Mouthfeel: Smooth, medium-light to medium-bodied mouthfeel without hop-derived astringency, although moderate to medium-high carbonation can combine to render an overall dry sensation in the presence of malt sweetness. Some smooth alcohol warming can and should be sensed in stronger (but not all) versions. Body is generally less than in English counterparts.
Overall Impression: A decidedly hoppy and bitter, moderately strong American pale ale.
History: An American version of the historical English style, brewed using American ingredients and attitude.
Ingredients: Pale ale malt (well-modified and suitable for single-temperature infusion mashing); American hops; American yeast that can give a clean or slightly fruity profile. Generally all-malt, but mashed at lower temperatures for high attenuation. Water character varies from soft to moderately sulfate. Versions with a noticeable Rye character (“RyePA”) should be entered in the Specialty category.
|Vital Statistics:||OG: 1.056 – 1.075|
|IBUs: 40 – 70||FG: 1.010 – 1.018|
|SRM: 6 – 15||ABV: 5.5 – 7.5%|
Commercial Examples: Bell’s Two-Hearted Ale, AleSmith IPA, Russian River Blind Pig IPA, Stone IPA, Three Floyds Alpha King, Great Divide Titan IPA, Bear Republic Racer 5 IPA, Victory Hop Devil, Sierra Nevada Celebration Ale, Anderson Valley Hop Ottin’, Dogfish Head 60 Minute IPA, Founder’s Centennial IPA, Anchor Liberty Ale, Harpoon IPA, Avery IPA
Kelsen Brewing Medals at U.S. Open Beer Championship
DERRY, N.H. – Kelsen Brewing Company, one of the newest craft breweries in New Hampshire, recently competed in the prestigious 2014 US Open Beer Championship. Kelsen Brewing is pleased to announce that its Paradigm Brown Ale won the Gold Medal in the category of American Brown Ale and its Double Battle Axe Imperial IPA took home the Bronze Medal in the category of Imperial IPA.
The US Open Beer Championship announced the winners over the July 4th weekend. Breweries from Australia to Iceland sent in more than 3,000 beers and ciders for the 2014 U.S. Open Beer Championship. Other competitors included Stone Brewing, Deschutes Brewery, Boston Beer Company and the oldest brewery in the world, Weihenstephaner, founded in 1040 out of Freising,Germany. READ MORE!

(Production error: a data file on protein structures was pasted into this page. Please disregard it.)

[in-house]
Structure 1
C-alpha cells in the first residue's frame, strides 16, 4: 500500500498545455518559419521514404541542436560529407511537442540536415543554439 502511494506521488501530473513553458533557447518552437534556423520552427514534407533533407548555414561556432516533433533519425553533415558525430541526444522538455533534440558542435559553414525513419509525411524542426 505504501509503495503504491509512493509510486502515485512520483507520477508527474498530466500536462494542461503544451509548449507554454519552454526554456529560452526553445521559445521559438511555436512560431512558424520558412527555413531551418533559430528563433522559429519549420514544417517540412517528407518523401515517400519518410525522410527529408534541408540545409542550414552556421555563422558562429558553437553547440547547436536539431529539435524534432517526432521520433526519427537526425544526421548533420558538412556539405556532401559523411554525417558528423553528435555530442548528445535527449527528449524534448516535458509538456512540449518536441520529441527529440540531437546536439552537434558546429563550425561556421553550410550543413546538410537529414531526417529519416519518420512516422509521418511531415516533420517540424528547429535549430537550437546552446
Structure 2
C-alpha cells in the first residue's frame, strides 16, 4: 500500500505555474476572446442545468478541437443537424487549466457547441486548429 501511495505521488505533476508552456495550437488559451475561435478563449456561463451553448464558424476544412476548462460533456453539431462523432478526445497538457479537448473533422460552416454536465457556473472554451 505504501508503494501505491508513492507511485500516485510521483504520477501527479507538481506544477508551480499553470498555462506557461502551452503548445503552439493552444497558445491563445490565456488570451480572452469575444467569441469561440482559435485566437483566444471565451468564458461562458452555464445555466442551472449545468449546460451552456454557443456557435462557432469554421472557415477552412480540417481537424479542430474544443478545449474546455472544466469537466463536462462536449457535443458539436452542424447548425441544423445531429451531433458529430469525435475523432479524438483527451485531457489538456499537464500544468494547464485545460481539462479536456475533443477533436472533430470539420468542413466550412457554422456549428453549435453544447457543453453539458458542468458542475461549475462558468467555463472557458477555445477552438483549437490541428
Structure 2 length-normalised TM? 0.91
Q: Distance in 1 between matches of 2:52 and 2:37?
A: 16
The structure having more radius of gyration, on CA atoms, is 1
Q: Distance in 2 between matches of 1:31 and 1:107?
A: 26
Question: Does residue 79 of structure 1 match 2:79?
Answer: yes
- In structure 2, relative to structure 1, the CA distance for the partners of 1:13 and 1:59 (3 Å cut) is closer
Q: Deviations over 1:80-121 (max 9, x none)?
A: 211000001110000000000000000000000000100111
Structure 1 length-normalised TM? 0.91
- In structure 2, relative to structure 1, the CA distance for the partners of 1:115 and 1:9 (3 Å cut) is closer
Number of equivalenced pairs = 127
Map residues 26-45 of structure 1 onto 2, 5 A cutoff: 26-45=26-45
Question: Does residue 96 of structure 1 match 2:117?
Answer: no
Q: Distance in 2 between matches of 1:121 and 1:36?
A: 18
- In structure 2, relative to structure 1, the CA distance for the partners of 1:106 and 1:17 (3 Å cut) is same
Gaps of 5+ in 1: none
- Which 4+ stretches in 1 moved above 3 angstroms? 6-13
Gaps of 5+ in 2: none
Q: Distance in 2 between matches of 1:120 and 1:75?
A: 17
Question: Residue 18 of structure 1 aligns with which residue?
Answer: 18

Alcohol Test: Does Eating Yeast Keep You From Getting Drunk?
Sometimes we drink with the sole purpose of relaxing, or drowning the week’s worries. But other times we just want to savor a special craft beer or vintage wine, or make that good meal taste even better.
And as we get older, we’re warier of that third or fourth glass. The of too much alcohol — the drowsiness, the confusion and the wobbling — are a bigger hindrance. And let’s face it: A hangover at 36 isn’t the same as one at 22.
So when we came across a tip in for staving off intoxication, we perked up. You mean I might be able to have another glass of pinot noir or a third IPA without getting as loopy? Tell me more.
is a professional drinker. As the founder and brewer of Sam Adams, Koch tastes every batch of beer Boston Beer Co. makes before it leaves the brewery. This involves a lot of sipping, sometimes well before noon. READ MORE!
New home brew system is the Keurig for craft beer
Beer enthusiasts rejoice. A new machine claims to deliver craft brews right in the comfort of your own home.
Introducing Synek, a personal tap system that uses interchangeable bag-in-a-box cartridges –similar to Keurig’s coffee cartridges– to deliver stein after stein of fresh beer.
Instead of a keg or glass growler, Synek takes vacuum-sealed, one-gallon bags of beer and lets users pump in their own carbonation. The carbonation is adjustable and the system has a pressure relief valve to prevent over pressurization. READ MORE!